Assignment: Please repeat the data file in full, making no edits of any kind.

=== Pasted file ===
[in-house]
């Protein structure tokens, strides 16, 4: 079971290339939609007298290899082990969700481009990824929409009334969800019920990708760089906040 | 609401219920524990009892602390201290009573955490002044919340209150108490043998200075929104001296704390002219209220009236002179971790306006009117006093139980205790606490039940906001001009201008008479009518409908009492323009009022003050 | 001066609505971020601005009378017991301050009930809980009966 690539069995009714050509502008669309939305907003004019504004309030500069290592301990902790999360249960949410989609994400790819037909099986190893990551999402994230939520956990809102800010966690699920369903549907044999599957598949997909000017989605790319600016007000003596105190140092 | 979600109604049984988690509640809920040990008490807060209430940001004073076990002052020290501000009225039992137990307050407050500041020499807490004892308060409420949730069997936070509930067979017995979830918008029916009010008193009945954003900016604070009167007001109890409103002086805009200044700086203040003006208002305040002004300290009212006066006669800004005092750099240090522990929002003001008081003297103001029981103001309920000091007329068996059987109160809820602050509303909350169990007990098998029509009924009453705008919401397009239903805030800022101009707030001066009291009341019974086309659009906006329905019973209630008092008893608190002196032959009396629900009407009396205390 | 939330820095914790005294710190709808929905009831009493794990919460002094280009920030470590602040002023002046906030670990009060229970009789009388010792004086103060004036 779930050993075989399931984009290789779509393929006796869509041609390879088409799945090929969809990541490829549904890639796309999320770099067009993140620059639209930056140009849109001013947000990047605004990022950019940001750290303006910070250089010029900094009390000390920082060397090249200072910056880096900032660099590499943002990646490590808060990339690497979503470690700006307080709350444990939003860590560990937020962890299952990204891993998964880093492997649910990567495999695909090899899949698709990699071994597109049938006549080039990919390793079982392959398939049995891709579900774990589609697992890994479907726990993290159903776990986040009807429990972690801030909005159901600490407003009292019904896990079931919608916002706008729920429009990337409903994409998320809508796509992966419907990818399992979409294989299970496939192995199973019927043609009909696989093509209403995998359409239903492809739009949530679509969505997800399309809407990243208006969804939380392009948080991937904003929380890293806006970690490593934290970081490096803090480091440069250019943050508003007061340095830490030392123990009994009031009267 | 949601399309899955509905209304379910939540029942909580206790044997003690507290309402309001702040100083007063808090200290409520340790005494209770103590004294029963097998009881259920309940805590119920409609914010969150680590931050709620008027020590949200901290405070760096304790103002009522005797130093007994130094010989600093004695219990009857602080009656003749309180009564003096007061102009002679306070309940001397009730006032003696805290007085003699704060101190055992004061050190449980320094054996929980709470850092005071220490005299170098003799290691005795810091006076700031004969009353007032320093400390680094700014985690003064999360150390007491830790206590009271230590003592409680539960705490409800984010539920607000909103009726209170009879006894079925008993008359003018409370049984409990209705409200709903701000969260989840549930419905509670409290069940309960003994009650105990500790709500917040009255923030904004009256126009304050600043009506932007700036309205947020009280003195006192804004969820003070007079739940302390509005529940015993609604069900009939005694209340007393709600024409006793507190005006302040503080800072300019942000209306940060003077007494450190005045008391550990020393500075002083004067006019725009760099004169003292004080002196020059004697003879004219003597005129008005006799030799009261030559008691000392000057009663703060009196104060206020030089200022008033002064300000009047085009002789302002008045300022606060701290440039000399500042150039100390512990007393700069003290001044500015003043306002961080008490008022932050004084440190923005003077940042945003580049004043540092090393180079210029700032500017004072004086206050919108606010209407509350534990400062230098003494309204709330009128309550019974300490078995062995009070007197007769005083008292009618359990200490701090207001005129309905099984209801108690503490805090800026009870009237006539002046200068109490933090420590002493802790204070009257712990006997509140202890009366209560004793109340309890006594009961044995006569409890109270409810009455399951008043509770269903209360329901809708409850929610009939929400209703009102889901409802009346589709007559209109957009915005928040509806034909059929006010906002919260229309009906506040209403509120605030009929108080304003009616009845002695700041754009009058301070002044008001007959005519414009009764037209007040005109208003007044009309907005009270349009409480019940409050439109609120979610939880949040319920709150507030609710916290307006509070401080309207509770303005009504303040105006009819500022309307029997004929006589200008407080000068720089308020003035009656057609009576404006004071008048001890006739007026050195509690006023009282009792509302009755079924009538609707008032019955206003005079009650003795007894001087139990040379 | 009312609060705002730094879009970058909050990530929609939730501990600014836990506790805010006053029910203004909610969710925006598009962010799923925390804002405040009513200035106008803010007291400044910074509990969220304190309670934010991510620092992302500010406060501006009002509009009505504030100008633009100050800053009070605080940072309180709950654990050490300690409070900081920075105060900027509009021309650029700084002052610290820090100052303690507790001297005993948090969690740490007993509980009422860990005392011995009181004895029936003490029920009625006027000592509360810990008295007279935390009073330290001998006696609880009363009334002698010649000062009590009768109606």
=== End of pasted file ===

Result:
[in-house]
């Protein structure tokens, strides 16, 4: 079971290339939609007298290899082990969700481009990824929409009334969800019920990708760089906040 | 609401219920524990009892602390201290009573955490002044919340209150108490043998200075929104001296704390002219209220009236002179971790306006009117006093139980205790606490039940906001001009201008008479009518409908009492323009009022003050 | 001066609505971020601005009378017991301050009930809980009966 690539069995009714050509502008669309939305907003004019504004309030500069290592301990902790999360249960949410989609994400790819037909099986190893990551999402994230939520956990809102800010966690699920369903549907044999599957598949997909000017989605790319600016007000003596105190140092 | 979600109604049984988690509640809920040990008490807060209430940001004073076990002052020290501000009225039992137990307050407050500041020499807490004892308060409420949730069997936070509930067979017995979830918008029916009010008193009945954003900016604070009167007001109890409103002086805009200044700086203040003006208002305040002004300290009212006066006669800004005092750099240090522990929002003001008081003297103001029981103001309920000091007329068996059987109160809820602050509303909350169990007990098998029509009924009453705008919401397009239903805030800022101009707030001066009291009341019974086309659009906006329905019973209630008092008893608190002196032959009396629900009407009396205390 | 939330820095914790005294710190709808929905009831009493794990919460002094280009920030470590602040002023002046906030670990009060229970009789009388010792004086103060004036 779930050993075989399931984009290789779509393929006796869509041609390879088409799945090929969809990541490829549904890639796309999320770099067009993140620059639209930056140009849109001013947000990047605004990022950019940001750290303006910070250089010029900094009390000390920082060397090249200072910056880096900032660099590499943002990646490590808060990339690497979503470690700006307080709350444990939003860590560990937020962890299952990204891993998964880093492997649910990567495999695909090899899949698709990699071994597109049938006549080039990919390793079982392959398939049995891709579900774990589609697992890994479907726990993290159903776990986040009807429990972690801030909005159901600490407003009292019904896990079931919608916002706008729920429009990337409903994409998320809508796509992966419907990818399992979409294989299970496939192995199973019927043609009909696989093509209403995998359409239903492809739009949530679509969505997800399309809407990243208006969804939380392009948080991937904003929380890293806006970690490593934290970081490096803090480091440069250019943050508003007061340095830490030392123990009994009031009267 | 949601399309899955509905209304379910939540029942909580206790044997003690507290309402309001702040100083007063808090200290409520340790005494209770103590004294029963097998009881259920309940805590119920409609914010969150680590931050709620008027020590949200901290405070760096304790103002009522005797130093007994130094010989600093004695219990009857602080009656003749309180009564003096007061102009002679306070309940001397009730006032003696805290007085003699704060101190055992004061050190449980320094054996929980709470850092005071220490005299170098003799290691005795810091006076700031004969009353007032320093400390680094700014985690003064999360150390007491830790206590009271230590003592409680539960705490409800984010539920607000909103009726209170009879006894079925008993008359003018409370049984409990209705409200709903701000969260989840549930419905509670409290069940309960003994009650105990500790709500917040009255923030904004009256126009304050600043009506932007700036309205947020009280003195006192804004969820003070007079739940302390509005529940015993609604069900009939005694209340007393709600024409006793507190005006302040503080800072300019942000209306940060003077007494450190005045008391550990020393500075002083004067006019725009760099004169003292004080002196020059004697003879004219003597005129008005006799030799009261030559008691000392000057009663703060009196104060206020030089200022008033002064300000009047085009002789302002008045300022606060701290440039000399500042150039100390512990007393700069003290001044500015003043306002961080008490008022932050004084440190923005003077940042945003580049004043540092090393180079210029700032500017004072004086206050919108606010209407509350534990400062230098003494309204709330009128309550019974300490078995062995009070007197007769005083008292009618359990200490701090207001005129309905099984209801108690503490805090800026009870009237006539002046200068109490933090420590002493802790204070009257712990006997509140202890009366209560004793109340309890006594009961044995006569409890109270409810009455399951008043509770269903209360329901809708409850929610009939929400209703009102889901409802009346589709007559209109957009915005928040509806034909059929006010906002919260229309009906506040209403509120605030009929108080304003009616009845002695700041754009009058301070002044008001007959005519414009009764037209007040005109208003007044009309907005009270349009409480019940409050439109609120979610939880949040319920709150507030609710916290307006509070401080309207509770303005009504303040105006009819500022309307029997004929006589200008407080000068720089308020003035009656057609009576404006004071008048001890006739007026050195509690006023009282009792509302009755079924009538609707008032019955206003005079009650003795007894001087139990040379 | 009312609060705002730094879009970058909050990530929609939730501990600014836990506790805010006053029910203004909610969710925006598009962010799923925390804002405040009513200035106008803010007291400044910074509990969220304190309670934010991510620092992302500010406060501006009002509009009505504030100008633009100050800053009070605080940072309180709950654990050490300690409070900081920075105060900027509009021309650029700084002052610290820090100052303690507790001297005993948090969690740490007993509980009422860990005392011995009181004895029936003490029920009625006027000592509360810990008295007279935390009073330290001998006696609880009363009334002698010649000062009590009768109606």